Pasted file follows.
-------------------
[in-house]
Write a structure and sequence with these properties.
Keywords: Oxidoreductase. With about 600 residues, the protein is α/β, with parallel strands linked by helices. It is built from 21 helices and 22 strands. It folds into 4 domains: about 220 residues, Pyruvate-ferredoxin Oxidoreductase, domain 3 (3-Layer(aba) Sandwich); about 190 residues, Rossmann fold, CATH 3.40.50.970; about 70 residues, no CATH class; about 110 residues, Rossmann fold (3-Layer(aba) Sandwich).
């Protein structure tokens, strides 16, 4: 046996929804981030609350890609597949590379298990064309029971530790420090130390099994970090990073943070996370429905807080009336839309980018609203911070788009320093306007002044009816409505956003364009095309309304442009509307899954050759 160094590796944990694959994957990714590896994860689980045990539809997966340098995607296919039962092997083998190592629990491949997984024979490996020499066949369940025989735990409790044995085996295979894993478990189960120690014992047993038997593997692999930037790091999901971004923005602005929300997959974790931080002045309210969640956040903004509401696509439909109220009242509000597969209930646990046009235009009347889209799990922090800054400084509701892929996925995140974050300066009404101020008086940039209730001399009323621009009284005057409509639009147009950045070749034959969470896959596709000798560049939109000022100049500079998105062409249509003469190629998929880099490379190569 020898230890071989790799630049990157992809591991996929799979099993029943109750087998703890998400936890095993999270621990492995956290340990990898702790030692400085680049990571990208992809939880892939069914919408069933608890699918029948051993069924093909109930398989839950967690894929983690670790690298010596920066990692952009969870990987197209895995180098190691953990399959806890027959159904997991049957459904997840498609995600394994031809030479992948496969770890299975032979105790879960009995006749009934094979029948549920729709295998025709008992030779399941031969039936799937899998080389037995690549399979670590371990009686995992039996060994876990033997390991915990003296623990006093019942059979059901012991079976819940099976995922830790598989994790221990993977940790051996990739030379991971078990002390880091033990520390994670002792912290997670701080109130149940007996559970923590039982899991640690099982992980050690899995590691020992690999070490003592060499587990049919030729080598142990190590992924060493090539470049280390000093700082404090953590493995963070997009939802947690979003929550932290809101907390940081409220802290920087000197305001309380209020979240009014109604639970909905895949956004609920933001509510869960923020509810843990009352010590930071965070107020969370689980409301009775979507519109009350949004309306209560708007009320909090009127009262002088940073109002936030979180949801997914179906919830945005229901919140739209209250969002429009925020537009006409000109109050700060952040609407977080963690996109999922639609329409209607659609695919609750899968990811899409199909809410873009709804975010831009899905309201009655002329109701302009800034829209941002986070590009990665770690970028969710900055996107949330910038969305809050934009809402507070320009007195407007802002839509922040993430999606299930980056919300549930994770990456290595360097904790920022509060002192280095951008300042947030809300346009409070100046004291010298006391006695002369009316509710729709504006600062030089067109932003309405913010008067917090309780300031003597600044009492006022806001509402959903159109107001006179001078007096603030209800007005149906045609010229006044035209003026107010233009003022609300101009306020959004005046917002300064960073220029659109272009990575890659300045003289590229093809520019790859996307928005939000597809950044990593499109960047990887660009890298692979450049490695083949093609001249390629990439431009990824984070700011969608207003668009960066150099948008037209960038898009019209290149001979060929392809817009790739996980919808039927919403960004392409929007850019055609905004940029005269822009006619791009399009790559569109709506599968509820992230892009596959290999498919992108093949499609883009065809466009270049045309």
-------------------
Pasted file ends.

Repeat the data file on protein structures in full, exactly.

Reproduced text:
[in-house]
Write a structure and sequence with these properties.
Keywords: Oxidoreductase. With about 600 residues, the protein is α/β, with parallel strands linked by helices. It is built from 21 helices and 22 strands. It folds into 4 domains: about 220 residues, Pyruvate-ferredoxin Oxidoreductase, domain 3 (3-Layer(aba) Sandwich); about 190 residues, Rossmann fold, CATH 3.40.50.970; about 70 residues, no CATH class; about 110 residues, Rossmann fold (3-Layer(aba) Sandwich).
């Protein structure tokens, strides 16, 4: 046996929804981030609350890609597949590379298990064309029971530790420090130390099994970090990073943070996370429905807080009336839309980018609203911070788009320093306007002044009816409505956003364009095309309304442009509307899954050759 160094590796944990694959994957990714590896994860689980045990539809997966340098995607296919039962092997083998190592629990491949997984024979490996020499066949369940025989735990409790044995085996295979894993478990189960120690014992047993038997593997692999930037790091999901971004923005602005929300997959974790931080002045309210969640956040903004509401696509439909109220009242509000597969209930646990046009235009009347889209799990922090800054400084509701892929996925995140974050300066009404101020008086940039209730001399009323621009009284005057409509639009147009950045070749034959969470896959596709000798560049939109000022100049500079998105062409249509003469190629998929880099490379190569 020898230890071989790799630049990157992809591991996929799979099993029943109750087998703890998400936890095993999270621990492995956290340990990898702790030692400085680049990571990208992809939880892939069914919408069933608890699918029948051993069924093909109930398989839950967690894929983690670790690298010596920066990692952009969870990987197209895995180098190691953990399959806890027959159904997991049957459904997840498609995600394994031809030479992948496969770890299975032979105790879960009995006749009934094979029948549920729709295998025709008992030779399941031969039936799937899998080389037995690549399979670590371990009686995992039996060994876990033997390991915990003296623990006093019942059979059901012991079976819940099976995922830790598989994790221990993977940790051996990739030379991971078990002390880091033990520390994670002792912290997670701080109130149940007996559970923590039982899991640690099982992980050690899995590691020992690999070490003592060499587990049919030729080598142990190590992924060493090539470049280390000093700082404090953590493995963070997009939802947690979003929550932290809101907390940081409220802290920087000197305001309380209020979240009014109604639970909905895949956004609920933001509510869960923020509810843990009352010590930071965070107020969370689980409301009775979507519109009350949004309306209560708007009320909090009127009262002088940073109002936030979180949801997914179906919830945005229901919140739209209250969002429009925020537009006409000109109050700060952040609407977080963690996109999922639609329409209607659609695919609750899968990811899409199909809410873009709804975010831009899905309201009655002329109701302009800034829209941002986070590009990665770690970028969710900055996107949330910038969305809050934009809402507070320009007195407007802002839509922040993430999606299930980056919300549930994770990456290595360097904790920022509060002192280095951008300042947030809300346009409070100046004291010298006391006695002369009316509710729709504006600062030089067109932003309405913010008067917090309780300031003597600044009492006022806001509402959903159109107001006179001078007096603030209800007005149906045609010229006044035209003026107010233009003022609300101009306020959004005046917002300064960073220029659109272009990575890659300045003289590229093809520019790859996307928005939000597809950044990593499109960047990887660009890298692979450049490695083949093609001249390629990439431009990824984070700011969608207003668009960066150099948008037209960038898009019209290149001979060929392809817009790739996980919808039927919403960004392409929007850019055609905004940029005269822009006619791009399009790559569109709506599968509820992230892009596959290999498919992108093949499609883009065809466009270049045309």